The challenge was simple: go for a bike ride. The execution was not simple.
Why this challenge?
I own a bike. I bought this bike a little over a year ago. I have probably ridden this bike less than ten times. That is why I chose the ‘challenge’.
The second reason for doing this is that I am the type of person who stays in his room. I will go to work, lectures, and be at home, that is all. But going outside is great, being around trees is amazing and simply being mobile is enjoyable. Staying inside is easy, however. Comfortable also.
I purchased my bike to ride to university, and the first time I did, a piece of glass punctured my tire. Being somewhat of an extraordinarily lazy person, I did not get around to fixing it until I moved, six months later. Since then, the main users of my bike have been the people I live with, which is great because if that wasn’t the case, it would probably have no users at all.
As a direct result of my not using it, the bike was in disrepair. The joint between the handlebars and the rest of the frame was loose, making them not only wiggle but slide side to side. Add to that a semi-flat front tire as well as bad wheel alignment and you can imagine how difficult it was to ride. I could blame my housemate for not repairing the bike after he used it, but I could also blame myself for simply not using it at all. I choose option 2. The trip was only half an hour, around the immediate neighborhood, but it was pleasant, and the wind in my face actually improved my day.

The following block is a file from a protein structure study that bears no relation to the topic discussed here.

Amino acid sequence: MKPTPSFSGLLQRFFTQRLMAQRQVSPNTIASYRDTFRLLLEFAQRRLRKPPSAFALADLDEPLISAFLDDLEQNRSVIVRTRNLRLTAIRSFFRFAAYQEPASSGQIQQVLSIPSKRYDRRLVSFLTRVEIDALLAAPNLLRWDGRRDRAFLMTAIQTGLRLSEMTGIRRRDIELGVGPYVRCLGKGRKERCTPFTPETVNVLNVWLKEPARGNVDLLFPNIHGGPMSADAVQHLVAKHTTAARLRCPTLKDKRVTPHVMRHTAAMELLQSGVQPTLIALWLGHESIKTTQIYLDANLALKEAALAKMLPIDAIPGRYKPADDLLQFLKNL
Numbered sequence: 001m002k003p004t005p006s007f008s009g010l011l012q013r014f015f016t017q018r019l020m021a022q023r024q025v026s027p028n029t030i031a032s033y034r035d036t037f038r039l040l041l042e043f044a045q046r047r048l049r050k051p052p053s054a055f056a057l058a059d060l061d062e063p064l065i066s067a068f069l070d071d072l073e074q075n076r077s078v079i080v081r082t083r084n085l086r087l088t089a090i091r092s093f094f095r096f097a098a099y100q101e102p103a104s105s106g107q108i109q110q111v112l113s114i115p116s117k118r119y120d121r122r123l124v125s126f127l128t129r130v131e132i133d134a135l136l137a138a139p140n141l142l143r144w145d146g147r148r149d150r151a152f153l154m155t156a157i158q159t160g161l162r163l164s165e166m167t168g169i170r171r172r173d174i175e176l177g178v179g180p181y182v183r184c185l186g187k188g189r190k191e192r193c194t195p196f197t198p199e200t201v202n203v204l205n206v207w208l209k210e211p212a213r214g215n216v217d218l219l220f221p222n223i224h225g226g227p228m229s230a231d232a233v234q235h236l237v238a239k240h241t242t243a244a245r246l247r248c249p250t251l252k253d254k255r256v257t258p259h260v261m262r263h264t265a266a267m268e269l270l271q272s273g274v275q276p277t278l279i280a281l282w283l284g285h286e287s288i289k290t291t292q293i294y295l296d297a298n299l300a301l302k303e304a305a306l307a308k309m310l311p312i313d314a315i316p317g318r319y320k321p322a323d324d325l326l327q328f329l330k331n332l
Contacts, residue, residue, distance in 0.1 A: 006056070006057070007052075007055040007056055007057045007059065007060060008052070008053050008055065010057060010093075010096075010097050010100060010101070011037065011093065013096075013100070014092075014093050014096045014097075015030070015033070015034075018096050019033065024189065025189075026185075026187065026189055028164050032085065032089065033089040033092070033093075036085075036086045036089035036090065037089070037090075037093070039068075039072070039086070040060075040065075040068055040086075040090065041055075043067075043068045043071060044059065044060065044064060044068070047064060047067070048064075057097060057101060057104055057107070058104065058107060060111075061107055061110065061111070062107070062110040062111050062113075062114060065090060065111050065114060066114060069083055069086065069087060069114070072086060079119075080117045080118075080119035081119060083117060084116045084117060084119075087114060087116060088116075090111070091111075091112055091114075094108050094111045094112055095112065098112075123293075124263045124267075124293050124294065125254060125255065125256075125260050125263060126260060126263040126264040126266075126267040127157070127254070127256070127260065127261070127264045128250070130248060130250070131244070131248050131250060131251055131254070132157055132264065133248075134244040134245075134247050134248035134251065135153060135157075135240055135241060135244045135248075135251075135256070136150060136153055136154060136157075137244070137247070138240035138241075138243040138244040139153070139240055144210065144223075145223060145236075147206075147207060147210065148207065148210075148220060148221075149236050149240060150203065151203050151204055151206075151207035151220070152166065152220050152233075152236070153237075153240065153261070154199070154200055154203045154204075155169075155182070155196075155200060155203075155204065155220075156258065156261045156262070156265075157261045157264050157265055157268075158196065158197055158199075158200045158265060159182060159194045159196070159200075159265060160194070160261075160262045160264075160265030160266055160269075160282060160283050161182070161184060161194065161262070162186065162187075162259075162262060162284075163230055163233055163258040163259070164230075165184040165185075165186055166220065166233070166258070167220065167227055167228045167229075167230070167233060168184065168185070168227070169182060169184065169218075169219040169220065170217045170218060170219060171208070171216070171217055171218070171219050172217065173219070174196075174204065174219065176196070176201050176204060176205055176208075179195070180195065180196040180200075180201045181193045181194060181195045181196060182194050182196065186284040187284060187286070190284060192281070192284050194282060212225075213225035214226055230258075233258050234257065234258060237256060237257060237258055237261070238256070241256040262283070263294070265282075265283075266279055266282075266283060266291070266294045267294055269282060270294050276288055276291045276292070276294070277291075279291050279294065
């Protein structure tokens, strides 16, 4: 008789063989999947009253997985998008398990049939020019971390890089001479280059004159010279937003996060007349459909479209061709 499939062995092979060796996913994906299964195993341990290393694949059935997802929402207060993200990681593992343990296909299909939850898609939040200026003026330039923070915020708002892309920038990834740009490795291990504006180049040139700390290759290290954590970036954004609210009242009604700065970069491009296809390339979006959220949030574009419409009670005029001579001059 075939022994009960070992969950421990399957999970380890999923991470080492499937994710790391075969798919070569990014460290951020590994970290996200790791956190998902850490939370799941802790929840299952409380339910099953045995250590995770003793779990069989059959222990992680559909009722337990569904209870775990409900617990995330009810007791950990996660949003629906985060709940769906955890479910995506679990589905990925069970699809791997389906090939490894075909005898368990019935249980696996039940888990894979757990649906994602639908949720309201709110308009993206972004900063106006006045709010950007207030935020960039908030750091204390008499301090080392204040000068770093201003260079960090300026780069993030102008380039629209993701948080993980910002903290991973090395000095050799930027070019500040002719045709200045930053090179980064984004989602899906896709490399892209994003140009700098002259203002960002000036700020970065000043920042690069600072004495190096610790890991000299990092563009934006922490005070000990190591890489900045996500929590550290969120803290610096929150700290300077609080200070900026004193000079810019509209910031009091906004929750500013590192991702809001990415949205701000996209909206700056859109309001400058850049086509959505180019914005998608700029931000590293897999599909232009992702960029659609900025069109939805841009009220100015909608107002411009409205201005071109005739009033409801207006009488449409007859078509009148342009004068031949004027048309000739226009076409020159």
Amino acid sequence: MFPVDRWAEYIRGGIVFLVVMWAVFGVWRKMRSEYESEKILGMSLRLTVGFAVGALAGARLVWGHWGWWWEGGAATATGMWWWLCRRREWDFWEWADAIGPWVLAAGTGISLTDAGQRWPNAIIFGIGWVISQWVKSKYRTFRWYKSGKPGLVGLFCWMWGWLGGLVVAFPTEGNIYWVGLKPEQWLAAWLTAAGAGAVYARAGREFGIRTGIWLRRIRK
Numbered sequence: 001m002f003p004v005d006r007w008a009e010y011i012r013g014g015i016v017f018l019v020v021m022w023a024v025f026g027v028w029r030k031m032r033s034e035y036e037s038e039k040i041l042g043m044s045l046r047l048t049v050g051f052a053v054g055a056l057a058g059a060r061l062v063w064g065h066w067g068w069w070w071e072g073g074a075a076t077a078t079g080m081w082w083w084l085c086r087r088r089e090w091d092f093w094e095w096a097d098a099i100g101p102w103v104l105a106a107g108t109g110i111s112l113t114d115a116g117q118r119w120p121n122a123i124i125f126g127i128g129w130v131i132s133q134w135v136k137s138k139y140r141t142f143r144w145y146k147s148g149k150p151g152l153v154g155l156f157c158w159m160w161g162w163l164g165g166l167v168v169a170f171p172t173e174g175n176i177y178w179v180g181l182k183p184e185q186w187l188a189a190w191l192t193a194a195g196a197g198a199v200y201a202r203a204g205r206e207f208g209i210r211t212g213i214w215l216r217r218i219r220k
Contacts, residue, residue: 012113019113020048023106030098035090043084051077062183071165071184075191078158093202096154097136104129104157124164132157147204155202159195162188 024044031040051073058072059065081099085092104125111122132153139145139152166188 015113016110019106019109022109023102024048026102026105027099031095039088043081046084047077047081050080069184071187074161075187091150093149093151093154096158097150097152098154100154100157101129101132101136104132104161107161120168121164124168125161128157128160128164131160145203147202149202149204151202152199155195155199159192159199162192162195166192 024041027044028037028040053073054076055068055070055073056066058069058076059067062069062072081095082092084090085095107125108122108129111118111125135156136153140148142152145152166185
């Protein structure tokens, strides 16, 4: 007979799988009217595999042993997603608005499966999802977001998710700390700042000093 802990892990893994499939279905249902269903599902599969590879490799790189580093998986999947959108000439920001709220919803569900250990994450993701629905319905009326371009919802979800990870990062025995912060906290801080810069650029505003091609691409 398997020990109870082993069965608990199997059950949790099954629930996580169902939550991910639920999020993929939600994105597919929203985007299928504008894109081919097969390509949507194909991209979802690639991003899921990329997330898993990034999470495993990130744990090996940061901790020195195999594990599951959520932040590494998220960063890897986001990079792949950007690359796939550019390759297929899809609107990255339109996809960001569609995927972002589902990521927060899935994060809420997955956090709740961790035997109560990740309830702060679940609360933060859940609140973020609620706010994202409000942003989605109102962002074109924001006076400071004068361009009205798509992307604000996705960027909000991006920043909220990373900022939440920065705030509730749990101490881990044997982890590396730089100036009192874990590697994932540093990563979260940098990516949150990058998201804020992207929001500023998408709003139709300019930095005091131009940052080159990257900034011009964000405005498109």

What I’ve Learned.
Only buy things you will use. Like most, consumerism grips me to the core, urging me to always buy, buy, buy. Regardless of how much I scratch the itch, another object takes the pedestal of want. I make it sound like an addiction because it is, society is just built to see this addiction in a positive light.
Be honest with yourself for a moment, and ponder this:
Do you find yourself with no money at the end of every pay week? I do. I could work an extra couple of hours, or even get a better paying job, and I will always have no money. Because, much like a drug addiction, the moment supply goes up, demand does as well. Your wants swell to the size of your ability to acquire them. You get more money, and so you can buy better things.
Stopping yourself buying unnecessarily is easier said than done. Marketing is a billion-dollar business with the sole purpose of making you want. Businesses are in the business of making you desire their product, simple, and all the individuals in society perpetuate those desires. All of this is in the name of looking good. An average car might get the job done perfectly, but we want a Ferrari. I could wear an average t-shirt, but I want that branded logo. I could enjoy music from a cheaper speaker, but I want the one that is 50% more expensive, even if it is only 5% better. Why? Well, people will see it and think I am cool of course! I know it is stupid and yet it is so ingrained within society, human biology and my very self that it is incredibly hard to curb.
What is more, also in parallel with other addictions, your brain justifies it in any way possible. It will work much better, I will have it for a very long time so it is worth it, I got paid extra so I can afford it and plain impulsively purchasing with no regard are all tools the brain uses to reach its desired drug.
I bought my bike with full intention to use it but I did not. An ample amount of self-honesty and a dash of ‘I’ll be fine without it’ is essential to stop the addiction train in its tracks. Again, easier said than done.
I shall try.